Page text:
The rangers said they would let us know what happens with the club, and we said that we’d send the pictures, and whatever else we learn about how it was found.  After spending a couple of wondrous days in the Black Hills – I’ll write about that later – we visited the Little Big Horn Battlefield.  There, in a display case in the visitors’ center was a war club, the twin of the one I had just brought back:

As we drove toward Wounded Knee, I realized with a clear jolt something should have been plain all along:  I gave them back their war club.  I want them to keep fighting.  However they choose to do it,  I want them to stay strong and keep going.  For our human dignity.

Sioux horses at Pine Ridge Reservation

Sioux horses at Pine Ridge Reservation

Next Up:  The Black Hills, The Center of the World

The Far End Of Lonesome Bay

The Far End Of Lonesome Bay

We left Monday morning June 27th at 6:50 am, ten minutes earlier than we thought we would.  Since I left work a week ago last Friday, spent every day preparing, it only made sense that we managed to leave a little early.  We decided to take a different route to Black Lake – our family’s cabin in St. Lawrence County, New York.  Instead of our usual 8.5 hour trek that takes us through the beautiful Adirondack Park, we opted to take Rt 90 west of the park, and go via 81 north past Watertown to Teresa.

A warp in the time-space contiuum

But, I thought we just left there...

Strangely, 5 hours into the trip, we found ominous signs that we hadn’t actually gone very far.

We were pleasantly surprised.   Even with an apparent loop back to Central Square north of Syracuse, the total time was a full 1.5 hours less. So much for 25 years of going the same old way.

Coming in to Edwardsville we were shocked to find that our favorite groceries-and-bait store was boarded up.  Hard times hit this poor county, the poorest in New York state, especially hard, I guess.

A sign of hard times

Good-bye to our favorite bait and everything else store.

We pressed on, found some milk, water, ground beef, bread, chips and beer.  With dinner in hand we headed to our beloved lakeside shack.

Black Lake Cottage

The Breneman Place, Black Lake

What you see is what you get...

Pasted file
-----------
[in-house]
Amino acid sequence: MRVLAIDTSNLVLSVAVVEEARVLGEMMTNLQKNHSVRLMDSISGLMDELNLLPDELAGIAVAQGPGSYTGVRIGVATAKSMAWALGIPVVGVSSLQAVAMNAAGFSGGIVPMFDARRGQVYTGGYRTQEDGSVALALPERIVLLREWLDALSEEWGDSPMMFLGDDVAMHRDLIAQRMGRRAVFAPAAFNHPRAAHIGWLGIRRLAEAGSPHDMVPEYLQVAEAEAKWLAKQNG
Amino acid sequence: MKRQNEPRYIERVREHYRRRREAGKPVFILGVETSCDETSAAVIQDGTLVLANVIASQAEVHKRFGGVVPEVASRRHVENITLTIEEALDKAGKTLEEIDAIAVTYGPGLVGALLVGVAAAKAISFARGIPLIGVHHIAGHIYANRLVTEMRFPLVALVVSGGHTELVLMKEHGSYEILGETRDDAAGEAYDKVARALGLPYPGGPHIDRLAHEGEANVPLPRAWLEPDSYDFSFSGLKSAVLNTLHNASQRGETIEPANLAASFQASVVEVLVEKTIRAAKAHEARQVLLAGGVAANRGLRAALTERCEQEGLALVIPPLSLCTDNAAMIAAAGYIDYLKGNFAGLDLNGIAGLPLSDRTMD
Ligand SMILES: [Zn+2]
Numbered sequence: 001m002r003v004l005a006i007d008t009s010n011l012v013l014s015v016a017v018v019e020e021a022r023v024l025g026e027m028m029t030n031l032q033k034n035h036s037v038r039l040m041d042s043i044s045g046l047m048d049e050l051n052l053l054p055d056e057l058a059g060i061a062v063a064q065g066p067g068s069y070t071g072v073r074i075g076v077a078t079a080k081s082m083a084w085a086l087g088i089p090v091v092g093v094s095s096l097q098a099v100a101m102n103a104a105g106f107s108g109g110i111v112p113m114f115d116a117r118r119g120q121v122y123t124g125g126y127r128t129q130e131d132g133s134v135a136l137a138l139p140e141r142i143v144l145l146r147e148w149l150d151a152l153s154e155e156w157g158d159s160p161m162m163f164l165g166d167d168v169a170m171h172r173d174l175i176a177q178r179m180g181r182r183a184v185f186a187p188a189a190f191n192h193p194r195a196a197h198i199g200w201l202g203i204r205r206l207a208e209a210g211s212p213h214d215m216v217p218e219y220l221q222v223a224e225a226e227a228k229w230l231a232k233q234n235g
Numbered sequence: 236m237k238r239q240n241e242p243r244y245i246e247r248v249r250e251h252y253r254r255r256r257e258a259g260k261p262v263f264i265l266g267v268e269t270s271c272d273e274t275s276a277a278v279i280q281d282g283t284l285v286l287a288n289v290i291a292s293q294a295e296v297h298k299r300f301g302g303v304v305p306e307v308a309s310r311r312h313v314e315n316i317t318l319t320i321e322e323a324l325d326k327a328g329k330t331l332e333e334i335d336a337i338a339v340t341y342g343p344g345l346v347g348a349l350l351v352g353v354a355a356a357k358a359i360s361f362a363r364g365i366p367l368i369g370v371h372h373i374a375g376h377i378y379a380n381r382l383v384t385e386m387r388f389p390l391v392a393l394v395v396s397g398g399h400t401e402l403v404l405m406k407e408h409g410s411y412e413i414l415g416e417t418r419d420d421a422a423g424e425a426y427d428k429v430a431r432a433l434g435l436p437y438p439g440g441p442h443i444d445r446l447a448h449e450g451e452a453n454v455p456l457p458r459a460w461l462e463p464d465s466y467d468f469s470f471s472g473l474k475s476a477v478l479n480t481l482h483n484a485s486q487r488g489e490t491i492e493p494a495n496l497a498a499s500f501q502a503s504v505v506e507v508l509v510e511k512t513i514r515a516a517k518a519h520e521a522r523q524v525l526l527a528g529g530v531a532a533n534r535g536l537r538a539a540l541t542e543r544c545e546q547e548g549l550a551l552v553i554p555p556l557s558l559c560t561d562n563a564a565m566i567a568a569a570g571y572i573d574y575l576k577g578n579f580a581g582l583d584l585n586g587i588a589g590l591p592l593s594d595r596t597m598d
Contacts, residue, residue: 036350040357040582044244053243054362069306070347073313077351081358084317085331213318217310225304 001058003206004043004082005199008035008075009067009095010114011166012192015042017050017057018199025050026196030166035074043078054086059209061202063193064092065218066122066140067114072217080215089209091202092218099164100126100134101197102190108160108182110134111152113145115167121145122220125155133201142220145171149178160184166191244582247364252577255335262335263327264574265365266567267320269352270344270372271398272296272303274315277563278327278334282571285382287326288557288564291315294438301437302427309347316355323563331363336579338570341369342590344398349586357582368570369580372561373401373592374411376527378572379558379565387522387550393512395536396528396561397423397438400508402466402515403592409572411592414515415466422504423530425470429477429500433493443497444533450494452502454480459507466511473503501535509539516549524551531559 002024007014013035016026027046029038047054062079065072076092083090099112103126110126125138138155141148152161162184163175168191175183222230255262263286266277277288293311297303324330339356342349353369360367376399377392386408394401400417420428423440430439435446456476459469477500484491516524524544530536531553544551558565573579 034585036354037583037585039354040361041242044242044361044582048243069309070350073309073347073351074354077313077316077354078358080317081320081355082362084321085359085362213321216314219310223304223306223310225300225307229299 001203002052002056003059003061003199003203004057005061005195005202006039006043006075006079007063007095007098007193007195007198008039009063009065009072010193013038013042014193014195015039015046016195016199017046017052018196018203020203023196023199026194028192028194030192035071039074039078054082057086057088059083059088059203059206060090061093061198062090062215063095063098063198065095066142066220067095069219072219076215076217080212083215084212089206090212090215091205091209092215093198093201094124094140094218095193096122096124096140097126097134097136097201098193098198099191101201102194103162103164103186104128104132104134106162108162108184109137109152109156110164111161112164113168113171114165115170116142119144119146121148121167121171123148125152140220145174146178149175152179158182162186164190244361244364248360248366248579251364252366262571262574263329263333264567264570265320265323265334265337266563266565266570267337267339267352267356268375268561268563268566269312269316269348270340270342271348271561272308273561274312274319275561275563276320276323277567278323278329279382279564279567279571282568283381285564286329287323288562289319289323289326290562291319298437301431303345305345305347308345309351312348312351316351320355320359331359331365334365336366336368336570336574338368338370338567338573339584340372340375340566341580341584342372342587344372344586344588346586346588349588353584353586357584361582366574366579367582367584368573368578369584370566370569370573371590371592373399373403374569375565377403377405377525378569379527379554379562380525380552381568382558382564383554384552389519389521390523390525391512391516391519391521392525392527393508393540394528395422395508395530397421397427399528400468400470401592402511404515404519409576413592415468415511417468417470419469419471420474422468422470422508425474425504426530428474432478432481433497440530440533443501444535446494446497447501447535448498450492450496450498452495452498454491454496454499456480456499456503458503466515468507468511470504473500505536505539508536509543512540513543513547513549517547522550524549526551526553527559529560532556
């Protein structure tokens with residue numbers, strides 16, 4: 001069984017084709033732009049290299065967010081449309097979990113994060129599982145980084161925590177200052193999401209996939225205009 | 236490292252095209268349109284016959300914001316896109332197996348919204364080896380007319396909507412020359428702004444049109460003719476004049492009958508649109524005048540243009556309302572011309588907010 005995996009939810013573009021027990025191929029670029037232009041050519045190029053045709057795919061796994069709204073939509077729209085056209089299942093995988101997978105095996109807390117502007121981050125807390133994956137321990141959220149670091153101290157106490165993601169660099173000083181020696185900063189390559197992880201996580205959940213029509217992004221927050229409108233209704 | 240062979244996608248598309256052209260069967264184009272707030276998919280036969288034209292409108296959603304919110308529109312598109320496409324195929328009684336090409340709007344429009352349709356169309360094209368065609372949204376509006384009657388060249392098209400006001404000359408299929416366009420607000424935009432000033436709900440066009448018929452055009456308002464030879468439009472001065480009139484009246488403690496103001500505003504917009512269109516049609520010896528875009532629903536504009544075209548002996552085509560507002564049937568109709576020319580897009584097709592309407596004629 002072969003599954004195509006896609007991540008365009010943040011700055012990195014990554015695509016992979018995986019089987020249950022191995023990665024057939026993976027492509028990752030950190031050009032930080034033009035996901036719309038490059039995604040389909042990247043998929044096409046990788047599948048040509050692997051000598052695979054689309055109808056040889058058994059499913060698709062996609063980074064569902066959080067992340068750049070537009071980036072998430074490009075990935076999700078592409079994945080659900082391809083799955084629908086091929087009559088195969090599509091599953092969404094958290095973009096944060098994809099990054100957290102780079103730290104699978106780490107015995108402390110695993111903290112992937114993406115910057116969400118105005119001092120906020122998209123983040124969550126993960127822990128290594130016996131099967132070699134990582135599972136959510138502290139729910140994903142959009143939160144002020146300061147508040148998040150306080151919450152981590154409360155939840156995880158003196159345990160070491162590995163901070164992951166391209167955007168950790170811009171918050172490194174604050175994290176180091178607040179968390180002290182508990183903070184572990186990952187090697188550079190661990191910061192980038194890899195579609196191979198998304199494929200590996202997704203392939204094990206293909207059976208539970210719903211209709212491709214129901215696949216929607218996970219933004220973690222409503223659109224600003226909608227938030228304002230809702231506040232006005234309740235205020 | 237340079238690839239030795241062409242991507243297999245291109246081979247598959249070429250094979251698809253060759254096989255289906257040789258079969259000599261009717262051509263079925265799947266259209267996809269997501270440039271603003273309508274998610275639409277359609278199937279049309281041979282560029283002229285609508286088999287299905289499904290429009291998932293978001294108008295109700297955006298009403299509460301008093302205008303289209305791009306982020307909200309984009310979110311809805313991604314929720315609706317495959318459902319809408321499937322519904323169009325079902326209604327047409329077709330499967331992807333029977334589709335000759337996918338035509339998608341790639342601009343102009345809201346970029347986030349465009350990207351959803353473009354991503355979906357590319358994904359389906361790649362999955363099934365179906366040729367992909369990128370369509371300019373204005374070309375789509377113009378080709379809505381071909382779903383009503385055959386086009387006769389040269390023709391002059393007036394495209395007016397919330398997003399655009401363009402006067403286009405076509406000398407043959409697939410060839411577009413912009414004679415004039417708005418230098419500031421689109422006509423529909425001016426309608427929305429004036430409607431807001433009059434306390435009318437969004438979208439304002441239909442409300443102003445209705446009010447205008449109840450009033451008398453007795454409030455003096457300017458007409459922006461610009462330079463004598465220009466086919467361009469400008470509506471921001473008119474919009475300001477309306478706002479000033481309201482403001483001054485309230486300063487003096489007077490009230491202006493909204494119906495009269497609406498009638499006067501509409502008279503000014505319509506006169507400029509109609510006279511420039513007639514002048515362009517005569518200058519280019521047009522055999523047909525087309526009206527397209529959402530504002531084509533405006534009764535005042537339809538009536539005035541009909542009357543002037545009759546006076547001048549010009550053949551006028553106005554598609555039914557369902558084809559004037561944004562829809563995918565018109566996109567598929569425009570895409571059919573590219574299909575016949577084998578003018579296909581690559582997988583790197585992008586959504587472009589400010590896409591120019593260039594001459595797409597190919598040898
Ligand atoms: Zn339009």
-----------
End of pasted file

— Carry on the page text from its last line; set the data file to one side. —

Inside the cottage: What you see is what you get...

Emerald Green

 The lake is brimming full.  Everywhere we see the evidence of the previous spring’s high water marks:  rocks tumbled around at the bottom of our stairs to the water, an old torn shirt washed up and tangled in the tree roots four feet up the bank, our neighbor’s dock busted up.  There are traces of freshwater weeds, stuck in reeds and grasses a foot above the water level.  The lake usually recedes fast around the solstice.  Not this time.

Black Creek

Just Another Northern New York Swamp

We opened the cabin and took the kayaks out first thing, paddling up and down the shore, soaking in the emerald green life.  Mark spotted a thirty-plus inch fish swimming past him.  Two loons glided by on the water, and a pair of osprey soared above calling to each other.  An American kingfisher scalloped along at the shore.  All was right with the world.

The Fashion Column

Stink Shirts

At this early point in our travels we operate on a triage of dirt.  We have our “town” or “car” wear – shorts, shirts and shoes that don’t smell, look ok, which we wear over actual clean underwear.  Then there is the set of  “bed clothes” that are only for between the sheets, and are exactly as clean as the sheets.  Finally, what you will be seeing in most of the pictures of us, are the “stink shirts” and “garbage pants”, worn over marginally hygienic underwear.  As the weeks go on, the hierarchy will decompose, and everything will end up being dirt shirts and stinky pants.  Then we will go to a Laundromat.